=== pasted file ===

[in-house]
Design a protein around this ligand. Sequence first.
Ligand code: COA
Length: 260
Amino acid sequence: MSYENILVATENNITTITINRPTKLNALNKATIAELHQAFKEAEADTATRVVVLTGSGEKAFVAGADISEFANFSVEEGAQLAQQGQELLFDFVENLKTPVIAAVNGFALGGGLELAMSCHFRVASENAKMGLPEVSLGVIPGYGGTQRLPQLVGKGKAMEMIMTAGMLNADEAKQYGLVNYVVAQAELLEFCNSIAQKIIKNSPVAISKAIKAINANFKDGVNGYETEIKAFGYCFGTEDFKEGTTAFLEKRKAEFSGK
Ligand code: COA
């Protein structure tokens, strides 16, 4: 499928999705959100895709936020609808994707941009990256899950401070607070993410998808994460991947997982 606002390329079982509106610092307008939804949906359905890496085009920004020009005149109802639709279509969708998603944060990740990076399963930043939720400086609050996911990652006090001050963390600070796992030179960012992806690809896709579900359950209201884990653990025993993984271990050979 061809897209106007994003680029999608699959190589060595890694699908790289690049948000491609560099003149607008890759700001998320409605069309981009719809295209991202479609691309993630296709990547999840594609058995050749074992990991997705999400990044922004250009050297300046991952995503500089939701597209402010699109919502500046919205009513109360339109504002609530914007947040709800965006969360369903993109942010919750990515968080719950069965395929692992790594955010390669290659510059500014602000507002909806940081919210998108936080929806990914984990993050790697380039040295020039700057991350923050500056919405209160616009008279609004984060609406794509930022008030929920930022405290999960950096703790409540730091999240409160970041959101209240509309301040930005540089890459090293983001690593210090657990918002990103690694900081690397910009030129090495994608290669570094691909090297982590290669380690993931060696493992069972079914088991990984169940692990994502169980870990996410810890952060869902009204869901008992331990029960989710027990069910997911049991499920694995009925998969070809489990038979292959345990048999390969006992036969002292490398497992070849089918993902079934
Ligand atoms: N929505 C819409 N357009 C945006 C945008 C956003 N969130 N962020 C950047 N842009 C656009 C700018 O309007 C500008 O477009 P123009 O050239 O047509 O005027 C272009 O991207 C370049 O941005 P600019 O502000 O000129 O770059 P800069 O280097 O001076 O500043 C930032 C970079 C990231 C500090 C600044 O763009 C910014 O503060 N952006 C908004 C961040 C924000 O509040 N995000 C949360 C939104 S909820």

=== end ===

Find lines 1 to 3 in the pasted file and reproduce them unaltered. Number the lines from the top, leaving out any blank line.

[in-house]
Design a protein around this ligand. Sequence first.
Ligand code: COA